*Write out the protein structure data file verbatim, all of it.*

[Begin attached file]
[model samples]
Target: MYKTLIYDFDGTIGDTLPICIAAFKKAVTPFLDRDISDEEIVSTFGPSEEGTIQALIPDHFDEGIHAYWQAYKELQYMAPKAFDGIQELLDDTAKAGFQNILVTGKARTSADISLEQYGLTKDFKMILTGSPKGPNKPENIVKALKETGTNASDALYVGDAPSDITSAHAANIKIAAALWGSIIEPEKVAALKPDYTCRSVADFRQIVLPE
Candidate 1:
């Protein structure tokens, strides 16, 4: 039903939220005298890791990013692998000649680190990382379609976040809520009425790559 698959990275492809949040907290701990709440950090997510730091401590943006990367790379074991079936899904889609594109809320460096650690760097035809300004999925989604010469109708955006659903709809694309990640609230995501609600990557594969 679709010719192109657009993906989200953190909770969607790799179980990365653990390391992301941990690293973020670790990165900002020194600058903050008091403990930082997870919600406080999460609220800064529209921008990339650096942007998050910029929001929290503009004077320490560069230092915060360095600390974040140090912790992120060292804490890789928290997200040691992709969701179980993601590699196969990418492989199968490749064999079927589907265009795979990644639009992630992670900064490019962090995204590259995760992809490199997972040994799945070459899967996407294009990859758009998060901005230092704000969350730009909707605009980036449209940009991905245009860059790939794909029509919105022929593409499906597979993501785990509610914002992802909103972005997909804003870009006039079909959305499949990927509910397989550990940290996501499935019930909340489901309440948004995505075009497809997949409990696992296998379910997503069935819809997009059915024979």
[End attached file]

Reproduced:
[model samples]
Target: MYKTLIYDFDGTIGDTLPICIAAFKKAVTPFLDRDISDEEIVSTFGPSEEGTIQALIPDHFDEGIHAYWQAYKELQYMAPKAFDGIQELLDDTAKAGFQNILVTGKARTSADISLEQYGLTKDFKMILTGSPKGPNKPENIVKALKETGTNASDALYVGDAPSDITSAHAANIKIAAALWGSIIEPEKVAALKPDYTCRSVADFRQIVLPE
Candidate 1:
């Protein structure tokens, strides 16, 4: 039903939220005298890791990013692998000649680190990382379609976040809520009425790559 698959990275492809949040907290701990709440950090997510730091401590943006990367790379074991079936899904889609594109809320460096650690760097035809300004999925989604010469109708955006659903709809694309990640609230995501609600990557594969 679709010719192109657009993906989200953190909770969607790799179980990365653990390391992301941990690293973020670790990165900002020194600058903050008091403990930082997870919600406080999460609220800064529209921008990339650096942007998050910029929001929290503009004077320490560069230092915060360095600390974040140090912790992120060292804490890789928290997200040691992709969701179980993601590699196969990418492989199968490749064999079927589907265009795979990644639009992630992670900064490019962090995204590259995760992809490199997972040994799945070459899967996407294009990859758009998060901005230092704000969350730009909707605009980036449209940009991905245009860059790939794909029509919105022929593409499906597979993501785990509610914002992802909103972005997909804003870009006039079909959305499949990927509910397989550990940290996501499935019930909340489901309440948004995505075009497809997949409990696992296998379910997503069935819809997009059915024979």